We worked puzzles and played games, practiced cartwheels, and had living room dance parties. We sang Skip to My Lou, many times, with all of the verses. (Sheep in the bathtub. Hullabaloo!) We listened to classical music and 80's music and A Capella Science music about string theory. What? This.
Camille and I delved into the Crash Course Biology series, including this one, in which carbon is referred to as a tramp, for its willingness to make and break bonds.
We played Statetris, a tetris-like geography game. Spanish on DuoLingo. We discovered new, simple, fun games on the BeGamer website. Sometimes Camille would be playing a game (like Escape from Yepi Planet) in one room while Sylvia and I would play together in another room, with lots of running back and forth. Did you get past this section, yet? Don't tell me how to do it. Just give me a clue.
We fed the chickens and gathered eggs from the coop. We built with blocks and jump-roped.
We watched Minecraft tutorials on YouTube. FETCH on PBS Kids. Trouble With Sophie on Netflix. The Making Stuff series on NOVA. We looked into what it would take to make a magnetic non-Newtonian fluid at home (also called magnetorheological fluid or ferrofluid).
We re-shaved the sides of Camille's head. We designed a skirt that Sylvia wants to sew and picked out fabric from my stash for it. We hula-hooped in the rain with a magical unicorn.
We harvested and canned tomatoes. We dug potatoes and listened to barred owls calling back and forth from the valley.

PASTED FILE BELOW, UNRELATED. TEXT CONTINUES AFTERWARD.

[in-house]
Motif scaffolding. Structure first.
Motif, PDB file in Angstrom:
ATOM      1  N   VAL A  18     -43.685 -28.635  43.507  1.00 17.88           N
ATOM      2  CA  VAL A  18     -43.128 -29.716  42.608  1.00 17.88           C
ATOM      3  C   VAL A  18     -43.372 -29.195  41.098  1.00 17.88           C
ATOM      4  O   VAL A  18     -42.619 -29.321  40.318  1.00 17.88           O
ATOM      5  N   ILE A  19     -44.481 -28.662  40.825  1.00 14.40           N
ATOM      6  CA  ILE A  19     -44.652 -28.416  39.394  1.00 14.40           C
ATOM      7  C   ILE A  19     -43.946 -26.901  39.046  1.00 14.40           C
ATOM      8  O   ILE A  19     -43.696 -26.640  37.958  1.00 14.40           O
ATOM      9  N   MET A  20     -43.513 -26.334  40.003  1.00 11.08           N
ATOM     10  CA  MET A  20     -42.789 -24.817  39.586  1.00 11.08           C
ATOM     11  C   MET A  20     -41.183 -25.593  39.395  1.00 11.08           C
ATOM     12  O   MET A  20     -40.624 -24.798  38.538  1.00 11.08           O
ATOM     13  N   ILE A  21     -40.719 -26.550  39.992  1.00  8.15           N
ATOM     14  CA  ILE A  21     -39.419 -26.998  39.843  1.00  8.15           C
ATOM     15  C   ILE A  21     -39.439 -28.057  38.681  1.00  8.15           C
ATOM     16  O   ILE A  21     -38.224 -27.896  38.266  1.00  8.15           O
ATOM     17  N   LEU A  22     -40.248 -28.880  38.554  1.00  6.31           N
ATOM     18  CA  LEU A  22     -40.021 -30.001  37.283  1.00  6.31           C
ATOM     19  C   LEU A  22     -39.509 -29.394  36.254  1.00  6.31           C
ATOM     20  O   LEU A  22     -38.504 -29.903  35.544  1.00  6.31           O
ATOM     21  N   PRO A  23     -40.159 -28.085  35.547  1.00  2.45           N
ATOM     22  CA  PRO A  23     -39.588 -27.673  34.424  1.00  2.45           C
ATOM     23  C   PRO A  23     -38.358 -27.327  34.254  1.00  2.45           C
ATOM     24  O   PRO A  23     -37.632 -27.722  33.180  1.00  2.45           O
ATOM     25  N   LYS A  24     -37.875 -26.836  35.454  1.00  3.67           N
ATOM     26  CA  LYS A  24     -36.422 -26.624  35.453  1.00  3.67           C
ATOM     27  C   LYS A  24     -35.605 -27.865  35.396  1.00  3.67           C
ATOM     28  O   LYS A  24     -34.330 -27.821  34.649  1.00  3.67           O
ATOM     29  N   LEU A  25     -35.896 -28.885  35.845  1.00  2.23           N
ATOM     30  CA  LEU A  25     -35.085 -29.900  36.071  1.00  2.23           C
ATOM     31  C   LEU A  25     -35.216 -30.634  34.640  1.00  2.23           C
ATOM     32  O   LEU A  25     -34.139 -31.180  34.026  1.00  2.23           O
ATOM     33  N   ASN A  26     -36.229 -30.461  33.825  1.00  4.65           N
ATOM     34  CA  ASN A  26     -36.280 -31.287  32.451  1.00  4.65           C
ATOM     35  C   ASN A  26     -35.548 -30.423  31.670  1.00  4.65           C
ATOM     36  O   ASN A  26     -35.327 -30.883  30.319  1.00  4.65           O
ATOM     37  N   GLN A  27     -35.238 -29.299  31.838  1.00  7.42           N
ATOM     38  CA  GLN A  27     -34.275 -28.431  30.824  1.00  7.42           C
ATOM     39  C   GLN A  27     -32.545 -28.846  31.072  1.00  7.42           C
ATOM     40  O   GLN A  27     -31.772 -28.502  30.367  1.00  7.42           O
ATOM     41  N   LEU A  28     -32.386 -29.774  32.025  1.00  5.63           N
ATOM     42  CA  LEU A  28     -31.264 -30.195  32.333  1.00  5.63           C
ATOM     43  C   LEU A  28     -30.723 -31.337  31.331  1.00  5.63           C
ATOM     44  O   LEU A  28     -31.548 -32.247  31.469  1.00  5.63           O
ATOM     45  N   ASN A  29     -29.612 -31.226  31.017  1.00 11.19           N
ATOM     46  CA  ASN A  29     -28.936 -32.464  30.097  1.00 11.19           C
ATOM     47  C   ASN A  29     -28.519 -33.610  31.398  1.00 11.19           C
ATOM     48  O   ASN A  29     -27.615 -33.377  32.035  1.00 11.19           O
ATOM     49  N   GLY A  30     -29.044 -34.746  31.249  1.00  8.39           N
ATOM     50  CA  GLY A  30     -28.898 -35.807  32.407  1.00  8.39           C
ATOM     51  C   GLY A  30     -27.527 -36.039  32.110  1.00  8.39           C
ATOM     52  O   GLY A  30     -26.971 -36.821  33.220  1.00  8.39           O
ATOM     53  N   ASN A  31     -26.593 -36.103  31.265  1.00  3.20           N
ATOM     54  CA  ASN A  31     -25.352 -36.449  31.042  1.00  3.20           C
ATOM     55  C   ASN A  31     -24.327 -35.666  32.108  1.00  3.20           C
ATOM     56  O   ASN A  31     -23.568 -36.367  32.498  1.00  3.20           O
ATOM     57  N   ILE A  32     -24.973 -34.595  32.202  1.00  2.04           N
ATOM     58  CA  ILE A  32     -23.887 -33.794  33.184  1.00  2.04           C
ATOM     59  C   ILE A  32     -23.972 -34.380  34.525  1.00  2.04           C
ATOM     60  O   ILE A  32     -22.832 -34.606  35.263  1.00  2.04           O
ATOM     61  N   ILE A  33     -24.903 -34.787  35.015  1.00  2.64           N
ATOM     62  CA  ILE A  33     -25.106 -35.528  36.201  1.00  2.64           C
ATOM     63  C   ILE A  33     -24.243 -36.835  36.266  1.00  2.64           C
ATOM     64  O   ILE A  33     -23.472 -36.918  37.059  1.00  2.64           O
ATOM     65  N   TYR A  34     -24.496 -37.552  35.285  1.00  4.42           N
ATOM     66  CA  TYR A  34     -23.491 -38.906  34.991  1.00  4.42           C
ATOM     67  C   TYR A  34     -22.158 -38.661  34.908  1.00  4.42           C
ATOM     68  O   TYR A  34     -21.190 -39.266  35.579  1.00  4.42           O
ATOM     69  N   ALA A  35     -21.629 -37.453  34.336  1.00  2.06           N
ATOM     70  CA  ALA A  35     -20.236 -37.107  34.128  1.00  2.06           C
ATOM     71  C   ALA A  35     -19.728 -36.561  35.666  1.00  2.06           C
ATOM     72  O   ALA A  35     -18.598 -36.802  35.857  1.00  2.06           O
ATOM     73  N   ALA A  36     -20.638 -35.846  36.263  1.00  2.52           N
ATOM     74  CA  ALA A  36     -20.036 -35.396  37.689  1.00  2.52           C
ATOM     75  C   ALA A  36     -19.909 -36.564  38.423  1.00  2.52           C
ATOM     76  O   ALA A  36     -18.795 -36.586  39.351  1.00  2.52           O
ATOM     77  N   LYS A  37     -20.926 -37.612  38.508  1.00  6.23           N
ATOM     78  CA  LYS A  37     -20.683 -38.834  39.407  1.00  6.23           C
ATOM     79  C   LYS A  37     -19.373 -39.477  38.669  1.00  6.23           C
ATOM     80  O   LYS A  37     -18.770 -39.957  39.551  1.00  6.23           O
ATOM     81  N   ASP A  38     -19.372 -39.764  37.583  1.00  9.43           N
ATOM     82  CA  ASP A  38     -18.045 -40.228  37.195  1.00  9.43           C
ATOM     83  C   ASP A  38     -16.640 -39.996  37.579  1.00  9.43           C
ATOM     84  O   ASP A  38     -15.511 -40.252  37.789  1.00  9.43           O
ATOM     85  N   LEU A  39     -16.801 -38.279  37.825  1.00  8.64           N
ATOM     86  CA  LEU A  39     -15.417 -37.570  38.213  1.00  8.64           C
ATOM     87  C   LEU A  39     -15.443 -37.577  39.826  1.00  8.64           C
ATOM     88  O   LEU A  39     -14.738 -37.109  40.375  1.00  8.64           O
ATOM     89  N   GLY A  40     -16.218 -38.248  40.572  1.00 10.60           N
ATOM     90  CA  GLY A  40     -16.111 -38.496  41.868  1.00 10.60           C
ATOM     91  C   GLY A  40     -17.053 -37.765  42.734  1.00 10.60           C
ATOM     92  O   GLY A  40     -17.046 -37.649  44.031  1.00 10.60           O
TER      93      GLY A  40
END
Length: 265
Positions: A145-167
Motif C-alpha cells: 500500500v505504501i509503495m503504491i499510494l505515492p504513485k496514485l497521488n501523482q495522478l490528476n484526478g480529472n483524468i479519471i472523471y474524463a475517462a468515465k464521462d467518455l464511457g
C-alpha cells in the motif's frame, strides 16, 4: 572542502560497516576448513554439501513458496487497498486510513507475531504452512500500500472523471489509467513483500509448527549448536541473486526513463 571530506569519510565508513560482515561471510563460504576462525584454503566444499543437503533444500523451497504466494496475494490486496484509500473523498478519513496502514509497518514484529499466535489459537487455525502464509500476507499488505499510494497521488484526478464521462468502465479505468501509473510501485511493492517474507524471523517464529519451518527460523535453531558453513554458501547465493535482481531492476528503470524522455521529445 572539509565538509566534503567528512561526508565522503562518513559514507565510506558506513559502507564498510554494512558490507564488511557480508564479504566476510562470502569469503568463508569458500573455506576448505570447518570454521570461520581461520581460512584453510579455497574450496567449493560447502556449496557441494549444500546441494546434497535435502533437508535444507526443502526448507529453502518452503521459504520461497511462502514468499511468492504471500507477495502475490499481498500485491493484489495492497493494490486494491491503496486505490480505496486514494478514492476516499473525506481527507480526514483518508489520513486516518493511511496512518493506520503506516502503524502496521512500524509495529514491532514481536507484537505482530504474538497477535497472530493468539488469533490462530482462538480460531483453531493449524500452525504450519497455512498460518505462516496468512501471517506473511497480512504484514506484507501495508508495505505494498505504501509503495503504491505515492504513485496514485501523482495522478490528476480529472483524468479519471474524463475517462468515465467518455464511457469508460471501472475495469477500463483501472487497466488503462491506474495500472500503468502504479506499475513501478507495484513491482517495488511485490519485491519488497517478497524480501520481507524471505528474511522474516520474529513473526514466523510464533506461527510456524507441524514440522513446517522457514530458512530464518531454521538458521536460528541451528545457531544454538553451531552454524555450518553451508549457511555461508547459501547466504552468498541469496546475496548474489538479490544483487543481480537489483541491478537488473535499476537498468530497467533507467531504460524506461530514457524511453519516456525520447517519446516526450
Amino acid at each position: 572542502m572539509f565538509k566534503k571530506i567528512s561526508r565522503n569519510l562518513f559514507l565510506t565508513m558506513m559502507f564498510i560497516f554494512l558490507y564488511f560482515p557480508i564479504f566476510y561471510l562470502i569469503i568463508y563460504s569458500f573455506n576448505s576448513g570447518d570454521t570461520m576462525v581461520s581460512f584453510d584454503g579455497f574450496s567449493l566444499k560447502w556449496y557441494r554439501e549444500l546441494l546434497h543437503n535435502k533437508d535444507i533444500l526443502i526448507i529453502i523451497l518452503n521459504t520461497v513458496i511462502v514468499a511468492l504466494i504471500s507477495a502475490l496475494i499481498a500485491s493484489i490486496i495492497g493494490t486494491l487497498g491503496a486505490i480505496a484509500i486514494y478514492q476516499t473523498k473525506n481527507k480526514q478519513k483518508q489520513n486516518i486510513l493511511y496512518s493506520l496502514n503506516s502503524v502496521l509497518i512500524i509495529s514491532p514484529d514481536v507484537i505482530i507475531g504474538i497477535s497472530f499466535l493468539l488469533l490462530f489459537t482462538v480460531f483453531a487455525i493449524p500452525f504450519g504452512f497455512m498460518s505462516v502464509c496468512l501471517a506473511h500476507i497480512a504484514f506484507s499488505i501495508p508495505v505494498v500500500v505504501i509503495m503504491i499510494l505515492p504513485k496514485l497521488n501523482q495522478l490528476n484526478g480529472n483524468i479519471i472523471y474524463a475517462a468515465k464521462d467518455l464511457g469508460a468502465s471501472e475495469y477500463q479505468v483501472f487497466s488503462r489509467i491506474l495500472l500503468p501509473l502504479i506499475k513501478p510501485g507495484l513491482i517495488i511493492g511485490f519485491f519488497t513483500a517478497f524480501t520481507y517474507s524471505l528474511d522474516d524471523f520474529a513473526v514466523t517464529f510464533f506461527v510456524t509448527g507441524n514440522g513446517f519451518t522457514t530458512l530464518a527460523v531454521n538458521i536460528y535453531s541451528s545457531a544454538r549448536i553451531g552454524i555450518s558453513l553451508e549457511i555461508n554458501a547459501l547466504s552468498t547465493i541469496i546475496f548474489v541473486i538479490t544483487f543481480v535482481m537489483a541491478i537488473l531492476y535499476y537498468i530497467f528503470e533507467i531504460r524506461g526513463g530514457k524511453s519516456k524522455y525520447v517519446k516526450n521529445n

We played in the mud. We picked, sauced, and canned more apples.
We read stacks of picture books and continued to read The Borrowers by Mary Norton aloud. Camille read The Giver by Lois Lowry in a day, and listened to The Secret Garden on Storynory. She made several screenshots the old-fashioned way while listening to audio books. She simply taped a piece of paper to her monitor and traced everything, including the ads :).
We doodled and colored and snipped with scissors and decorated with glitter glue. There was watercolor painting, and Jackson Pollock-inspired painting, which somehow turned into body painting at some point. Go figure!
I returned to some knitting that had lain dormant all summer and I looked online for information on photography. I ended up joining the supportive regional community of photography enthusiasts over at Capture Wisconsin.
We ate lots of simple, nourishing food from the gardens and we ate pizza and potato chips.
We marveled at the moon and listened to coyotes howling.
Some of these activities brought us all together and some were a special way to connect with one child at a time. Some lasted for short bouts and were easily dropped. Some lingered and grew and morphed into the next thing.
In this way, we find balance and connection and such a varied lot of goodness and learning in our ordinary days at home.
“May what I do flow from me like a river, no forcing and no holding back, the way it is with children.”
― Rainer Maria Rilke
― Rainer Maria Rilke